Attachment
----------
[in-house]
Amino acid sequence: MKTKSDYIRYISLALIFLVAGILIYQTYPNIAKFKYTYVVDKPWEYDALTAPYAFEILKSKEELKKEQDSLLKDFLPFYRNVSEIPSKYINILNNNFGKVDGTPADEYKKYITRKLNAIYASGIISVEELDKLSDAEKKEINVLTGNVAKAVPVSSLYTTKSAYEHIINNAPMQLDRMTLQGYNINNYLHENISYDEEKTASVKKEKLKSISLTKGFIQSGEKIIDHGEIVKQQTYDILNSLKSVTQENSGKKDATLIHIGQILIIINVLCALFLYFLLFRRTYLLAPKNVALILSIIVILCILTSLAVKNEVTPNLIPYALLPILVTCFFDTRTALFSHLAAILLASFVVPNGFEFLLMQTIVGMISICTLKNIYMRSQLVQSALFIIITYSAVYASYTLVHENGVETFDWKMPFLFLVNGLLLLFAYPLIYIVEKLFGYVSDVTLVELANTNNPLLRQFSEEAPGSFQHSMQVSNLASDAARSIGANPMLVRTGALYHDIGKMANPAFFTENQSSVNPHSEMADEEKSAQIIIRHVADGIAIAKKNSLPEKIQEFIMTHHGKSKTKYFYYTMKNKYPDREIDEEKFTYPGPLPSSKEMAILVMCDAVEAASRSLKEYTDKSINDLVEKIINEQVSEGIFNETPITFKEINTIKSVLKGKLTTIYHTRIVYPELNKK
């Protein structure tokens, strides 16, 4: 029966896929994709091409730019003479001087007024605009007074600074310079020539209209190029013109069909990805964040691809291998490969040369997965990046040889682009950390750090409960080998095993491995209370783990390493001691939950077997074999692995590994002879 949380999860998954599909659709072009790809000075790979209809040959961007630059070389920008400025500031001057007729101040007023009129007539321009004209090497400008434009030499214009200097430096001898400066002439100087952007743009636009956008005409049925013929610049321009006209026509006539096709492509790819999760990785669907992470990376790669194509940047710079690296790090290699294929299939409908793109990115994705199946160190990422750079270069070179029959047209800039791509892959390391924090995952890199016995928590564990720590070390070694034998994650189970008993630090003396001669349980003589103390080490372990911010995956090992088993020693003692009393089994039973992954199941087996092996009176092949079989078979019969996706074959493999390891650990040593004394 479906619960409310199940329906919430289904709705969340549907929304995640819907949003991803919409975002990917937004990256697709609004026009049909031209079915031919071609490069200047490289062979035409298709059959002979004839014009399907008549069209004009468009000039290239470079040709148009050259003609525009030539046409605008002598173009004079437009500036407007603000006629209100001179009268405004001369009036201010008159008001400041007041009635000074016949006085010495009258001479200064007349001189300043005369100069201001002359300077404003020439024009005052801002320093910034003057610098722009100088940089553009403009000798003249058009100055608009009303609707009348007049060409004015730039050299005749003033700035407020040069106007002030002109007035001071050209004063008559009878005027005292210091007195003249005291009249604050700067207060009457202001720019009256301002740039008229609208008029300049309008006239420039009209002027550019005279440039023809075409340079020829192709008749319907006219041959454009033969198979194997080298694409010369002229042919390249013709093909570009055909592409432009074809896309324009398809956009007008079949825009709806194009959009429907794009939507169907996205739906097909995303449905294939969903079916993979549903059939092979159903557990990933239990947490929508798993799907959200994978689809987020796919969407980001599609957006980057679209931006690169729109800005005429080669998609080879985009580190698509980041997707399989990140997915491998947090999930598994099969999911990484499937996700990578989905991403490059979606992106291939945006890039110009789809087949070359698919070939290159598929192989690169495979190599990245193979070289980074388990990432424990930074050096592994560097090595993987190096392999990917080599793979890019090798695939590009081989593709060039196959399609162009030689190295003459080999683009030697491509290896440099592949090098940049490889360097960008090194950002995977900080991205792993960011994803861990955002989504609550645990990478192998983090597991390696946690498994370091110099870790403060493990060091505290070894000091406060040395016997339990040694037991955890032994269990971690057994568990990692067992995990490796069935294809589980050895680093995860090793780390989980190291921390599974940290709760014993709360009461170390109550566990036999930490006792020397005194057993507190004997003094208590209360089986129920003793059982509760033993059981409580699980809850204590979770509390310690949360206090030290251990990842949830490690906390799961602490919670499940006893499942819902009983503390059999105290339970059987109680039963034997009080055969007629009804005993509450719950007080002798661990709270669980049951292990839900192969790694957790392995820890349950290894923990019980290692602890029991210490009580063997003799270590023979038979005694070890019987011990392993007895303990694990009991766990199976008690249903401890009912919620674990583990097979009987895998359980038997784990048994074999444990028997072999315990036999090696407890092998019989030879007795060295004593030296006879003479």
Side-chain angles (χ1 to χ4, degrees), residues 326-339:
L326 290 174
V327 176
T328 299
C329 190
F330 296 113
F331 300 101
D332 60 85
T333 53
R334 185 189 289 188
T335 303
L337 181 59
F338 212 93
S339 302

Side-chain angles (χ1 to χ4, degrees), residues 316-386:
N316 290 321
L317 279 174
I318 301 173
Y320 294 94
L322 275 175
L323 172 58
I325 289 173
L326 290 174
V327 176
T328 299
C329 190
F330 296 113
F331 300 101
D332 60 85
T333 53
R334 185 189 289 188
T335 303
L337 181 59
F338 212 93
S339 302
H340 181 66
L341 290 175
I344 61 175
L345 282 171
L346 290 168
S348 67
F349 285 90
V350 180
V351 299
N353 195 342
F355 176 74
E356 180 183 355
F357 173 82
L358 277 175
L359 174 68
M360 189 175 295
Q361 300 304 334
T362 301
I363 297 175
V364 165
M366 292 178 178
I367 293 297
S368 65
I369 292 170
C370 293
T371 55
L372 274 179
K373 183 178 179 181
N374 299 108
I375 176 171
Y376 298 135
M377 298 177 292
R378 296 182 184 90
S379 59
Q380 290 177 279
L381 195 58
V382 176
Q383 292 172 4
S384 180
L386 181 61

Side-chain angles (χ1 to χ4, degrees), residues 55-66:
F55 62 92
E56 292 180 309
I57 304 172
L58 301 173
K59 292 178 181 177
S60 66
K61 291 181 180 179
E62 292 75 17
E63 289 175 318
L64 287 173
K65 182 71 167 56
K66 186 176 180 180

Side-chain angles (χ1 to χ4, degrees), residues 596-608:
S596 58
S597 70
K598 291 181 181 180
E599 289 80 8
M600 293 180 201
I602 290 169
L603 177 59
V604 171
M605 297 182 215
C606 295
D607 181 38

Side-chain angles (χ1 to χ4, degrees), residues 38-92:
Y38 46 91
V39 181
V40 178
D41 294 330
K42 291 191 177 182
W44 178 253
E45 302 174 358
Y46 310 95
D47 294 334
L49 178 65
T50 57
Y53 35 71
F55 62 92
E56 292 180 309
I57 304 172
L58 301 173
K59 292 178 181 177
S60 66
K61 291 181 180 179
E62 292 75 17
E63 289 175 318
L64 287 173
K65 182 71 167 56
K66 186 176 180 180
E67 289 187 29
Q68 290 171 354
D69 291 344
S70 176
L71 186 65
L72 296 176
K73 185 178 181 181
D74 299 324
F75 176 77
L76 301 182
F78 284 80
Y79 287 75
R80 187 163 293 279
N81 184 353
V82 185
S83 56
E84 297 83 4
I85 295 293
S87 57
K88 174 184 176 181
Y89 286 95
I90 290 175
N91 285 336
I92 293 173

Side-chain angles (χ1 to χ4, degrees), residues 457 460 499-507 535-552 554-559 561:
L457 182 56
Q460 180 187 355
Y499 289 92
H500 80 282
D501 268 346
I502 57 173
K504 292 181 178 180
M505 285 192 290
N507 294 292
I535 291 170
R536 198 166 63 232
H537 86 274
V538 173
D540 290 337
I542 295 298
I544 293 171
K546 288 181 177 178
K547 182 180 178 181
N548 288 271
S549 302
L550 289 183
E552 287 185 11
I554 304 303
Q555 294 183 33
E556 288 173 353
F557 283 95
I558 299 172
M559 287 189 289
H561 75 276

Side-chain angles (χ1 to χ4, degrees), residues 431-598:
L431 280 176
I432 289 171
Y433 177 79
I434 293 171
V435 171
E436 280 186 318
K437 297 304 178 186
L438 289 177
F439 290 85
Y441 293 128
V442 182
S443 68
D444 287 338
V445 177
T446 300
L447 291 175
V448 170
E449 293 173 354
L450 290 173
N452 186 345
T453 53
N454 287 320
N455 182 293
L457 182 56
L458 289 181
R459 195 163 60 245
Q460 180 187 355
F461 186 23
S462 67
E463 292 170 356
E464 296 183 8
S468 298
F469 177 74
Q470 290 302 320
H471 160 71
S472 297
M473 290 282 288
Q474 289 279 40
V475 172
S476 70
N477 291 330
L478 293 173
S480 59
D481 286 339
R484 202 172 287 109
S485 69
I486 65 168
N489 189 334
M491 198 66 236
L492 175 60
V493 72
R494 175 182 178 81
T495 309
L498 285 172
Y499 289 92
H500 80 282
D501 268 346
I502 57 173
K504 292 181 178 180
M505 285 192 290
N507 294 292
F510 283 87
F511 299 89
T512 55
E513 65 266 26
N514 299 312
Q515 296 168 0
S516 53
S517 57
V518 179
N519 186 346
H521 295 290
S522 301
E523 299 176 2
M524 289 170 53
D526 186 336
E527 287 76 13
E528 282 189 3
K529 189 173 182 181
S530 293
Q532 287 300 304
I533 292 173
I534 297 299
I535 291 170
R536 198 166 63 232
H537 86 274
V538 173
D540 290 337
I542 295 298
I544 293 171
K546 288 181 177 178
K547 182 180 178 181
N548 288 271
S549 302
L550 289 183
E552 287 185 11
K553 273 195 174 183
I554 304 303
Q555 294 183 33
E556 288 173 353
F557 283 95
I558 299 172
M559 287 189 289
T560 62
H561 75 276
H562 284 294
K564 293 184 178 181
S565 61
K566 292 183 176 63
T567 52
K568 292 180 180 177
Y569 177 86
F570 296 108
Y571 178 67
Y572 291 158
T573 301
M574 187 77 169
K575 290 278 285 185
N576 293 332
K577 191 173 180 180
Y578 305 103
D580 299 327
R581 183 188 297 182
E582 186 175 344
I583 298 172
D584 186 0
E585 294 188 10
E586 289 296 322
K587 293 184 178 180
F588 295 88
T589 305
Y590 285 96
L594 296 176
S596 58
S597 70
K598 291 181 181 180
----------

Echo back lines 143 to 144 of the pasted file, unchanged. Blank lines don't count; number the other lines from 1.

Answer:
V82 185
S83 56